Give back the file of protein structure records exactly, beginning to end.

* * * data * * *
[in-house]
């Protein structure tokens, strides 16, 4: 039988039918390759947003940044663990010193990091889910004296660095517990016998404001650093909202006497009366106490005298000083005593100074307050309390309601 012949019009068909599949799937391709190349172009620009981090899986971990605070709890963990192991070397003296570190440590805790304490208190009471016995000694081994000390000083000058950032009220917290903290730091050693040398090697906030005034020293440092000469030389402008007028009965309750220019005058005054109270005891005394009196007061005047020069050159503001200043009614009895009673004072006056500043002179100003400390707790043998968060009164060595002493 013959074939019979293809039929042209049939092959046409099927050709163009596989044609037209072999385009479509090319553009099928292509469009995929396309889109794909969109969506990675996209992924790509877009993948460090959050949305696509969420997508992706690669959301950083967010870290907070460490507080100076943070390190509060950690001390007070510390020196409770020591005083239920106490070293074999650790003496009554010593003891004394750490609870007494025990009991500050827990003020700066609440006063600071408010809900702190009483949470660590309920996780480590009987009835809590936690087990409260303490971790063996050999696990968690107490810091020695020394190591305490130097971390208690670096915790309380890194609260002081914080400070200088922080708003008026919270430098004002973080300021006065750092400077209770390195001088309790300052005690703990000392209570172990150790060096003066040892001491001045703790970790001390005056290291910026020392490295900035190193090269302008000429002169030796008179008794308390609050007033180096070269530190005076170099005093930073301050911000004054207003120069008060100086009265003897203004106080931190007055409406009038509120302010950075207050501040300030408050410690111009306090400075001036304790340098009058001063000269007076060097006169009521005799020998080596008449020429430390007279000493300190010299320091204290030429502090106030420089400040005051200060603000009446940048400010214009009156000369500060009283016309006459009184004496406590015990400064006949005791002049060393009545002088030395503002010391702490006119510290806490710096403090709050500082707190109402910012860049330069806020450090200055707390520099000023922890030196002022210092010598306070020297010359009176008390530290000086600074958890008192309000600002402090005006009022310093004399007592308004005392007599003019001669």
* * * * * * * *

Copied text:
[in-house]
């Protein structure tokens, strides 16, 4: 039988039918390759947003940044663990010193990091889910004296660095517990016998404001650093909202006497009366106490005298000083005593100074307050309390309601 012949019009068909599949799937391709190349172009620009981090899986971990605070709890963990192991070397003296570190440590805790304490208190009471016995000694081994000390000083000058950032009220917290903290730091050693040398090697906030005034020293440092000469030389402008007028009965309750220019005058005054109270005891005394009196007061005047020069050159503001200043009614009895009673004072006056500043002179100003400390707790043998968060009164060595002493 013959074939019979293809039929042209049939092959046409099927050709163009596989044609037209072999385009479509090319553009099928292509469009995929396309889109794909969109969506990675996209992924790509877009993948460090959050949305696509969420997508992706690669959301950083967010870290907070460490507080100076943070390190509060950690001390007070510390020196409770020591005083239920106490070293074999650790003496009554010593003891004394750490609870007494025990009991500050827990003020700066609440006063600071408010809900702190009483949470660590309920996780480590009987009835809590936690087990409260303490971790063996050999696990968690107490810091020695020394190591305490130097971390208690670096915790309380890194609260002081914080400070200088922080708003008026919270430098004002973080300021006065750092400077209770390195001088309790300052005690703990000392209570172990150790060096003066040892001491001045703790970790001390005056290291910026020392490295900035190193090269302008000429002169030796008179008794308390609050007033180096070269530190005076170099005093930073301050911000004054207003120069008060100086009265003897203004106080931190007055409406009038509120302010950075207050501040300030408050410690111009306090400075001036304790340098009058001063000269007076060097006169009521005799020998080596008449020429430390007279000493300190010299320091204290030429502090106030420089400040005051200060603000009446940048400010214009009156000369500060009283016309006459009184004496406590015990400064006949005791002049060393009545002088030395503002010391702490006119510290806490710096403090709050500082707190109402910012860049330069806020450090200055707390520099000023922890030196002022210092010598306070020297010359009176008390530290000086600074958890008192309000600002402090005006009022310093004399007592308004005392007599003019001669």